Got an interesting press release from the Information Commissioner's Office (ICO) this morning about a Vexatious`Freedom of Information Act (FOI) request' to Centro, the West Midlands Passenger Transport Executive.
Apparently between January and November of last year, someone made 15 requests under the FOI Act from Centro, requesting information on the transport authority's financial relationship with four bus companies.
Centro claims it provided a range of information to the requester.
During November, Centro says it received the 14th and 15th requests and informed the requester that it would not be answering any further questions on this issue on the basis that it already provided detailed responses to the requests.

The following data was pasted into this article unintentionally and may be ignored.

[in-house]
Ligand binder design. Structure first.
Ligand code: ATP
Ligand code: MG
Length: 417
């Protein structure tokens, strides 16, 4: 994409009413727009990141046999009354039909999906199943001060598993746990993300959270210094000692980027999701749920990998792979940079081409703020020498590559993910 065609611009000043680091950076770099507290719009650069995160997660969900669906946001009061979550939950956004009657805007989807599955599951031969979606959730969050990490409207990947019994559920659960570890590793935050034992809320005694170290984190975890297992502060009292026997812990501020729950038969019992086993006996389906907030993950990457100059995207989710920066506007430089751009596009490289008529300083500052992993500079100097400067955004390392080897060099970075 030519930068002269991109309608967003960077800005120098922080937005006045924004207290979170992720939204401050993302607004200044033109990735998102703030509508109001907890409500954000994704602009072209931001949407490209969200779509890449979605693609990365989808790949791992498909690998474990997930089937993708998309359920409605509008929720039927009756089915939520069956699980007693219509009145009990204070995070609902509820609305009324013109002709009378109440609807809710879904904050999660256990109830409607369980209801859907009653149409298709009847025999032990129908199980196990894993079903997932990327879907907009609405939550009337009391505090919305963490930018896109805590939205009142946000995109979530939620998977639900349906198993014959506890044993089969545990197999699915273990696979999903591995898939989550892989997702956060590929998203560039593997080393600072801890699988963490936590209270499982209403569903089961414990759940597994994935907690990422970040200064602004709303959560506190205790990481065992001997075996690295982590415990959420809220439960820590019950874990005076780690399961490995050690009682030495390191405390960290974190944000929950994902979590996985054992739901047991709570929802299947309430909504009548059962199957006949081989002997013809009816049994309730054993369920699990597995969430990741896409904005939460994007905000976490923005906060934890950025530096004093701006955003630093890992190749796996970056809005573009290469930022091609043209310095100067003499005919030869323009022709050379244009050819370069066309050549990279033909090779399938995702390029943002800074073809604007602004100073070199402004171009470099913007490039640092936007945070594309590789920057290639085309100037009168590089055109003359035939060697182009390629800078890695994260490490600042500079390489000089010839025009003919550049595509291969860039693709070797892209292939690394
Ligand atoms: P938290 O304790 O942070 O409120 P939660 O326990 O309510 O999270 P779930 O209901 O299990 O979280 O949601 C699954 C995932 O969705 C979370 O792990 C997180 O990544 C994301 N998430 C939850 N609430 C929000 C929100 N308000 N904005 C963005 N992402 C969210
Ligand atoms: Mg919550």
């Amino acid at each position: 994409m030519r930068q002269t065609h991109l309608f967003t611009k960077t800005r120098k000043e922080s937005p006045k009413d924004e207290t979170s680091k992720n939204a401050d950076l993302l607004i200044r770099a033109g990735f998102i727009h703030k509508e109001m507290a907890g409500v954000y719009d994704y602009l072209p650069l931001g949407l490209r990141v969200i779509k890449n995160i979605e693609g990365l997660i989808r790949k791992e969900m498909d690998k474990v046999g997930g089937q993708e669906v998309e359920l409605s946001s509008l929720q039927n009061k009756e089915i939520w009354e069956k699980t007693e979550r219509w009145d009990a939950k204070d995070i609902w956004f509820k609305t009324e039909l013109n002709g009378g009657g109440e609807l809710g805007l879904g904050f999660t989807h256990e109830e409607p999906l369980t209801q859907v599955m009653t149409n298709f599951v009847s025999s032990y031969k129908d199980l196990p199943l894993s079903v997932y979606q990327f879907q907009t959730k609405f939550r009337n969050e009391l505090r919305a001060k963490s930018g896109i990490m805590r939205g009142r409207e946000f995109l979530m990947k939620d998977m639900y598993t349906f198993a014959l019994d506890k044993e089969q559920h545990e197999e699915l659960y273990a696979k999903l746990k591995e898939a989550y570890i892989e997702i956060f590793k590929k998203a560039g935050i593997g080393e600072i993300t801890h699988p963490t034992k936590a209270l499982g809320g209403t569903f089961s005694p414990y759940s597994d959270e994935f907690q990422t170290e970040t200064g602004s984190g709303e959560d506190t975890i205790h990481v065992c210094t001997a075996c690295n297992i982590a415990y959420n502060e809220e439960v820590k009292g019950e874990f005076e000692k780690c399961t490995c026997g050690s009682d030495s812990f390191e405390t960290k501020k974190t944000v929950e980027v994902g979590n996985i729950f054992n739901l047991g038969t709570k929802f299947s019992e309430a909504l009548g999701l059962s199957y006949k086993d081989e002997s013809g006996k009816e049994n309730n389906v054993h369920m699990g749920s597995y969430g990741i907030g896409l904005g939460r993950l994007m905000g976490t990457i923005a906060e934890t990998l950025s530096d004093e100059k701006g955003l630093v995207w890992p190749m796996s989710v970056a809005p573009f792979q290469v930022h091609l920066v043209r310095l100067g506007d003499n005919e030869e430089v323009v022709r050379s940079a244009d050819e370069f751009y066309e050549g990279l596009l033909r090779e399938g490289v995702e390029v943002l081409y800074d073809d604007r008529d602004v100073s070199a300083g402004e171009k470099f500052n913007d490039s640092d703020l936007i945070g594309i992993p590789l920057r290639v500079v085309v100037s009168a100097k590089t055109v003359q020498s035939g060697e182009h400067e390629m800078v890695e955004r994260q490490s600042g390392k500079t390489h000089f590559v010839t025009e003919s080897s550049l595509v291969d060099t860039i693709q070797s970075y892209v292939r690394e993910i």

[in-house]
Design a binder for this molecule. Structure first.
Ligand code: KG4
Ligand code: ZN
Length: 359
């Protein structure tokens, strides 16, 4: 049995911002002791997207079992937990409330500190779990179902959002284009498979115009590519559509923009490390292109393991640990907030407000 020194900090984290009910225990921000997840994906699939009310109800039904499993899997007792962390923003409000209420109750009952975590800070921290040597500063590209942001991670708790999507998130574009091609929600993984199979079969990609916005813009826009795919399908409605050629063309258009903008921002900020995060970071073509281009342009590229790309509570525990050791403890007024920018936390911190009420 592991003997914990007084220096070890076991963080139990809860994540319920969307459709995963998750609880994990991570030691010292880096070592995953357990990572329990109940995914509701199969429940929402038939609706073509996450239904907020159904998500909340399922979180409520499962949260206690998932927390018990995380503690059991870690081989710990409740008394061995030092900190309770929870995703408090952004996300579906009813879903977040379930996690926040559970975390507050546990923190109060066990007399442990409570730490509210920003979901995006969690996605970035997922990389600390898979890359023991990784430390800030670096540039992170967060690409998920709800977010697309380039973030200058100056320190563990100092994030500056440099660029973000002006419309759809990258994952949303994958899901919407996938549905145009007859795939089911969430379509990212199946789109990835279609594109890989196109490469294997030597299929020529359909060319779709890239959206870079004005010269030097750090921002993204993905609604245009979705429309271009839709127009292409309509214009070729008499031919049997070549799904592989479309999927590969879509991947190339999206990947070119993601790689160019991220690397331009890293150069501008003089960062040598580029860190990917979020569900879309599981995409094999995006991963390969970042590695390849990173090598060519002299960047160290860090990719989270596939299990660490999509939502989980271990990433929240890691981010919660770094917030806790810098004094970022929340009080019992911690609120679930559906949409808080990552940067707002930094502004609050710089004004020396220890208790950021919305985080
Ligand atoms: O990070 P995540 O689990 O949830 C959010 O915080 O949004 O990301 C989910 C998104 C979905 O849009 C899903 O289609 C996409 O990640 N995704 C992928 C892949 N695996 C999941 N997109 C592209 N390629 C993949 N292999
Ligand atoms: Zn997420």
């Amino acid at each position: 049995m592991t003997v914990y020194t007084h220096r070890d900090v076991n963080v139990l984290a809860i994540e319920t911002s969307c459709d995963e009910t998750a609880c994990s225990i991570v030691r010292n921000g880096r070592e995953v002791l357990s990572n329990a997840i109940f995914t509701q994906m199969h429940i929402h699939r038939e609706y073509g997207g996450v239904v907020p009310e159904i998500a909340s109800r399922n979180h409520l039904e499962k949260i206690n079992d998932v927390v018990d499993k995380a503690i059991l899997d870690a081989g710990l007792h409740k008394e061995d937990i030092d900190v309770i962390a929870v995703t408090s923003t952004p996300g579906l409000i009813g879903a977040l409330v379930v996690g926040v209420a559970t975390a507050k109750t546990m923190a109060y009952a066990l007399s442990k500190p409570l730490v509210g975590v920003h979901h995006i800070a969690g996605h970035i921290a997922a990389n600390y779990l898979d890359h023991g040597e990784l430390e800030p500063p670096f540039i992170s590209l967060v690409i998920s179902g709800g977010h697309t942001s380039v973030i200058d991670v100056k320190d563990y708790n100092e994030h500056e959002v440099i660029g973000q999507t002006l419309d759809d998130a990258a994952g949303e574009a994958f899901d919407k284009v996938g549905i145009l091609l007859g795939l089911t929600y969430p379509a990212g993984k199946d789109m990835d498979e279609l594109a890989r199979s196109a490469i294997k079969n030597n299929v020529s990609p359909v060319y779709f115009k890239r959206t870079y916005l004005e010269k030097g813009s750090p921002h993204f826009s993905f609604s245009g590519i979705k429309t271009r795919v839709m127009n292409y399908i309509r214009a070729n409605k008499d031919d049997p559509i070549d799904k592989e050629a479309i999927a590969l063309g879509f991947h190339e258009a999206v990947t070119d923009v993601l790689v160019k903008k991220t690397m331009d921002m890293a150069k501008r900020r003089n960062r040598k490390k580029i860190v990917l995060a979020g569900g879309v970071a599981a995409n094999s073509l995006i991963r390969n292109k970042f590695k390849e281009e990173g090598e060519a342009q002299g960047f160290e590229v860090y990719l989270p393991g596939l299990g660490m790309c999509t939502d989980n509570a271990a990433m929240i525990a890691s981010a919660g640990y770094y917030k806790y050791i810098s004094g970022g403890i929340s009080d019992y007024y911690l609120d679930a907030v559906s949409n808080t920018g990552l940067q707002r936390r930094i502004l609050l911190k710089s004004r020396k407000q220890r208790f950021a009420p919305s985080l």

The requester then complained to the Information Commissioner and asked him to consider whether the public authority had acted in line with its obligations under the Freedom of Information Act regarding the 15th request.
The ICO says it is "satisfied that replying to the complainants 15th request would have imposed a significant and unreasonable burden on Centro."
The ICO also decided "that the 15th request was tantamount to harassing the public authority and that it was manifestly unreasonable."
The ruling is interesting as it is one of the first that the ICO has made relating to the Freedom of Information Act, which came into force in 2000 and essentially gives citizens the right to ask government agencies and departments for quite specific information.
Provided, of course, that the request isn't against national security interests and doesn't cover commercially sensitive info.
What's crucial here is that the ICO has ruled in an FOI case. It means that, for example, if you were to request your file from the Secret Service under the Act and the boys at MI6 refused you, you now have a channel of appeal through the ICO...